The film tells the story of Russian émigré, and the only survivor from ship crash Yanko Goorall, and servant Amy Foster in the end of nineteenth century. When Yanko enters a farm, sick and ...
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The film tells the story of Russian émigré, and the only survivor from ship crash Yanko Goorall, and servant Amy Foster in the end of nineteenth century. When Yanko enters a farm, sick and hungry after the shipwreck, everyone is afraid of him, except for Amy, who is very kind and helps him. Soon he becomes like a son for Dr. James Kennedy and romance between Yanko and Amy follows.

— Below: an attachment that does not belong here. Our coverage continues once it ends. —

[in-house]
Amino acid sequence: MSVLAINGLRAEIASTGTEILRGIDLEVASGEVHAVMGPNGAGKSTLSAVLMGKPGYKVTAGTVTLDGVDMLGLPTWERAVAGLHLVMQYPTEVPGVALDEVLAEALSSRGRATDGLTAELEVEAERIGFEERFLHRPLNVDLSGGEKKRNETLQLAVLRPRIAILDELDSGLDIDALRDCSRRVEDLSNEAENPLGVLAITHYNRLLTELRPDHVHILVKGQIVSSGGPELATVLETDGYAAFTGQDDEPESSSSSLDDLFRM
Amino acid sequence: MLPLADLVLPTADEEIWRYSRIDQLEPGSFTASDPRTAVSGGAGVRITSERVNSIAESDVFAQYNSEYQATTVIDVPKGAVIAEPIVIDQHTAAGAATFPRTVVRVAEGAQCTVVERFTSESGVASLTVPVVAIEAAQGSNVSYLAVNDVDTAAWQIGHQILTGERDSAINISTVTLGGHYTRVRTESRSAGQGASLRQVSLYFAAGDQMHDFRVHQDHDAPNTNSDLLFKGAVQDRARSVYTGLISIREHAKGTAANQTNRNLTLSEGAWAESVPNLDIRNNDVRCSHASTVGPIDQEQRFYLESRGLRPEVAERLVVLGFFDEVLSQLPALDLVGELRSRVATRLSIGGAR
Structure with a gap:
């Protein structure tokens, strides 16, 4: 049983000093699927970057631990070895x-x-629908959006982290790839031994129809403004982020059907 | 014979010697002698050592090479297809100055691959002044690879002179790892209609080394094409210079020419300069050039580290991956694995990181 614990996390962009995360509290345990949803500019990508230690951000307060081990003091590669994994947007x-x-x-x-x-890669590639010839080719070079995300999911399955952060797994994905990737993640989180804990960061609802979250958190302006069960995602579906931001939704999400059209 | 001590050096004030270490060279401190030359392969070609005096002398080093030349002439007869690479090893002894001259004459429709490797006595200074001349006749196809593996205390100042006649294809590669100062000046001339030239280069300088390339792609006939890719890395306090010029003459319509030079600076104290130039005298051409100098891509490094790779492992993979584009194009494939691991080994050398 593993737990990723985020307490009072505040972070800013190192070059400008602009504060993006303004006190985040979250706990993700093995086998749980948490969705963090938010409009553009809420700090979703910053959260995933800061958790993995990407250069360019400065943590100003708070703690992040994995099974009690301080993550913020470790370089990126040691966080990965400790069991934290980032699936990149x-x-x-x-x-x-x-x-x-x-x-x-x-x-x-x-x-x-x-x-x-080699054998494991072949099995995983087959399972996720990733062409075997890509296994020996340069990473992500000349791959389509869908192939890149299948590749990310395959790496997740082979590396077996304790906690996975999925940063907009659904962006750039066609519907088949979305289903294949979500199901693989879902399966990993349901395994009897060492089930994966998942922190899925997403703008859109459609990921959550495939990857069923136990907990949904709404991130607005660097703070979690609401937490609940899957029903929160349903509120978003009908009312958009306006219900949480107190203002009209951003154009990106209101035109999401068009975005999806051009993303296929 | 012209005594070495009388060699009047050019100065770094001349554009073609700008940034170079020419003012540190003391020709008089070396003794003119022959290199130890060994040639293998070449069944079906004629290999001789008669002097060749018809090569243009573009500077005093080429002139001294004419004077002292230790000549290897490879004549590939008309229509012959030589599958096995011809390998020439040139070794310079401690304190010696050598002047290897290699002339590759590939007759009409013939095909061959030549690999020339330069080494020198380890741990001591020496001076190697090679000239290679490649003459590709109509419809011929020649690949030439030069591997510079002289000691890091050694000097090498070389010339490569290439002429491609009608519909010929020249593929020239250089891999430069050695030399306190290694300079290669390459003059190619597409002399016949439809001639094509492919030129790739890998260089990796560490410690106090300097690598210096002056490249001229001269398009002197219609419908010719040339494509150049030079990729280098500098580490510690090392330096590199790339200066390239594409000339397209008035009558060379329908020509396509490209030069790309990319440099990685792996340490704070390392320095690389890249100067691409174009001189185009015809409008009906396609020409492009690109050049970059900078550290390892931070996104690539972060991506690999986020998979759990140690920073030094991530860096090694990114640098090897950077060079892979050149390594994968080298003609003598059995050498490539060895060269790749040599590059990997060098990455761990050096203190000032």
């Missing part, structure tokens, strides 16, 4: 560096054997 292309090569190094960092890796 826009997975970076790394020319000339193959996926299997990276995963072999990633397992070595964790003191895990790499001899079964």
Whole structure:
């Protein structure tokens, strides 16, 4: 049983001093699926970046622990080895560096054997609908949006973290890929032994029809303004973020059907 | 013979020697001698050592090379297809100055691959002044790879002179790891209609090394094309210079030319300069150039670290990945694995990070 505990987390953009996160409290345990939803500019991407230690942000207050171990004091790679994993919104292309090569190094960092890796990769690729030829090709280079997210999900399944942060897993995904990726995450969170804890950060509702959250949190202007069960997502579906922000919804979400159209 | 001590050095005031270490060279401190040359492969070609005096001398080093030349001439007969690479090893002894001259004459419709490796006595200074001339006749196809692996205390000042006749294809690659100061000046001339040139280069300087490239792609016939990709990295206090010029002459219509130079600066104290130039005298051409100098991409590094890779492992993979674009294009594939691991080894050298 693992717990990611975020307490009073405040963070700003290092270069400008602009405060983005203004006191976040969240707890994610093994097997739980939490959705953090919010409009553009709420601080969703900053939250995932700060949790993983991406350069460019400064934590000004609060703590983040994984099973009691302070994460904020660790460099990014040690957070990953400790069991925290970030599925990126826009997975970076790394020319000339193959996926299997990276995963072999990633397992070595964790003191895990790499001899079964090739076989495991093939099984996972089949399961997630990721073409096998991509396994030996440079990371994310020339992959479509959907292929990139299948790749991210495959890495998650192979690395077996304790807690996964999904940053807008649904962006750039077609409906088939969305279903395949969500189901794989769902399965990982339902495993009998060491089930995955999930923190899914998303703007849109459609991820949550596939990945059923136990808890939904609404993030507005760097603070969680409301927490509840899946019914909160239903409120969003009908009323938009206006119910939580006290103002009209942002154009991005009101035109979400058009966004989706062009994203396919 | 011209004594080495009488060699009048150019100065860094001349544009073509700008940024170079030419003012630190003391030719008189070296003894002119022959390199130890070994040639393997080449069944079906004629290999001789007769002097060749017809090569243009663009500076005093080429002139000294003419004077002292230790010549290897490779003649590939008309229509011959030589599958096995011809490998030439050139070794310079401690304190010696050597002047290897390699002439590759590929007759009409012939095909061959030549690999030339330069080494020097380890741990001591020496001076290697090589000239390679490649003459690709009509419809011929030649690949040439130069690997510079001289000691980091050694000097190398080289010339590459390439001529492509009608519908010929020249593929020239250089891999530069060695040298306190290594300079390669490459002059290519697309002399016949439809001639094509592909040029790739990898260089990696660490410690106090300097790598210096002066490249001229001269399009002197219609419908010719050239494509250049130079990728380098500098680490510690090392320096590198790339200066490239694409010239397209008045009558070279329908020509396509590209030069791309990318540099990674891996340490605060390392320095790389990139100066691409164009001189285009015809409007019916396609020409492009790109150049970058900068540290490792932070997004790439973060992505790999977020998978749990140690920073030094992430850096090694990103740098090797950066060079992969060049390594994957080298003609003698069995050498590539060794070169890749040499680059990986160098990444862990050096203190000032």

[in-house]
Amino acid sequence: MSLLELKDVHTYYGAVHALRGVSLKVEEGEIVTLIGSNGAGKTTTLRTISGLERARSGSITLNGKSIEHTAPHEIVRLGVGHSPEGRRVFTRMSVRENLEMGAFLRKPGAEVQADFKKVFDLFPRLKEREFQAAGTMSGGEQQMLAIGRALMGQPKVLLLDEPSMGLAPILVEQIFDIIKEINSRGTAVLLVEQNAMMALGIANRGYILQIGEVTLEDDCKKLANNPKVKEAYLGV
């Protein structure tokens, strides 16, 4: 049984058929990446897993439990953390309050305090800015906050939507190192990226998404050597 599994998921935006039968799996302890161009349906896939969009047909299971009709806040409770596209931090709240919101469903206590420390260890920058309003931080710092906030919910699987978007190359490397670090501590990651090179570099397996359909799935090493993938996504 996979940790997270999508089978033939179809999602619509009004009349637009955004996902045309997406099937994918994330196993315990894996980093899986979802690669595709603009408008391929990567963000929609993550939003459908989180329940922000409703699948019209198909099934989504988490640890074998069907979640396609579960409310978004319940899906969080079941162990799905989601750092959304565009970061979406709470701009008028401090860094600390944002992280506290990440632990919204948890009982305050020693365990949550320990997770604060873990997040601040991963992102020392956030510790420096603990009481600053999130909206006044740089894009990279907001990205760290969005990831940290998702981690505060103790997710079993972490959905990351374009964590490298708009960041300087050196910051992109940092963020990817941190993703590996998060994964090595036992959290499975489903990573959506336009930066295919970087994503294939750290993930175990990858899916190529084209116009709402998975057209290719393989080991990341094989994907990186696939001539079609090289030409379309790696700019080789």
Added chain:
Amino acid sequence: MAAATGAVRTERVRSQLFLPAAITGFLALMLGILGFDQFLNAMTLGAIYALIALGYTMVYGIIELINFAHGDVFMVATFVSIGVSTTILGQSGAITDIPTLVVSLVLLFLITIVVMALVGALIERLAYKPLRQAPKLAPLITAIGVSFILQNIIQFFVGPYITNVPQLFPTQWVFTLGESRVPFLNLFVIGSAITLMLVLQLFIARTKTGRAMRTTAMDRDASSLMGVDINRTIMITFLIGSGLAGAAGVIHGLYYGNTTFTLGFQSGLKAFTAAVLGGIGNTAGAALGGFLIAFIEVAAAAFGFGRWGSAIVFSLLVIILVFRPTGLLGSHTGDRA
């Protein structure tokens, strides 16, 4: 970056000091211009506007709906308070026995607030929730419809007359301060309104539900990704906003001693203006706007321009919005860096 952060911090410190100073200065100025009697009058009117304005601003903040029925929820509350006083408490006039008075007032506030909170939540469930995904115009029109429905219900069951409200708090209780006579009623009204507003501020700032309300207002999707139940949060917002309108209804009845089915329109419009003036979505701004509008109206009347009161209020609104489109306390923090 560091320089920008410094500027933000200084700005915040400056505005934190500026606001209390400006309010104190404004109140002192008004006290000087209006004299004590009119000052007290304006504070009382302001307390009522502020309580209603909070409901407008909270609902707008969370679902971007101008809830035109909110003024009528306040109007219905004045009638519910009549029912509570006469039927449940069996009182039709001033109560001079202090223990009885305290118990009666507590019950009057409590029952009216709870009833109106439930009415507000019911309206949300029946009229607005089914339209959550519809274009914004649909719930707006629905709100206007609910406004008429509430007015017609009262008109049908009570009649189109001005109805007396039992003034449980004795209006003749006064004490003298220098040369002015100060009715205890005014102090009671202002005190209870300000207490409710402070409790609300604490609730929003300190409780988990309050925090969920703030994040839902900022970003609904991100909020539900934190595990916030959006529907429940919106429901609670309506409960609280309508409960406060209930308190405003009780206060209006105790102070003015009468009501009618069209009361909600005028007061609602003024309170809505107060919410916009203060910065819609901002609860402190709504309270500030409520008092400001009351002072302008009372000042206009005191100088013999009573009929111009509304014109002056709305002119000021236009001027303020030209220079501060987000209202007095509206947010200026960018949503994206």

Just a point of clarification regarding the summary for this film: Yanko is not Russian in this film. If you listen carefully to what he is actually saying in the movie, he is speaking Ukrainian. For example, in the scene later in the movie in which he is feverish, he keeps repeating a phrase over and over again. The phrase that he is saying is, "Dai meni vodi." In English translation, he is saying, "Give me some water." In addition, the immigration details of his circumstances and trip would fit with immigration from Ukraine or borderlands between Ukraine and Poland (although he is not speaking Polish) at the turn of the century. He plays chess, which would be consistent with Ukrainian heritage (among others). Finally, his clothing and the type of dance he does with his son is Ukrainian in style. The expansive arms and the gentleness with which he is dancing speaks more of a Ukrainian dance style than a Russian style. However, the most obvious and relevant point is that the language he is speaking in the film is Ukrainian, not Russian. Unfortunately, many people confuse Russian culture with Ukrainian and other East European peoples. IMDb probably should correct its description of this film for accuracy.
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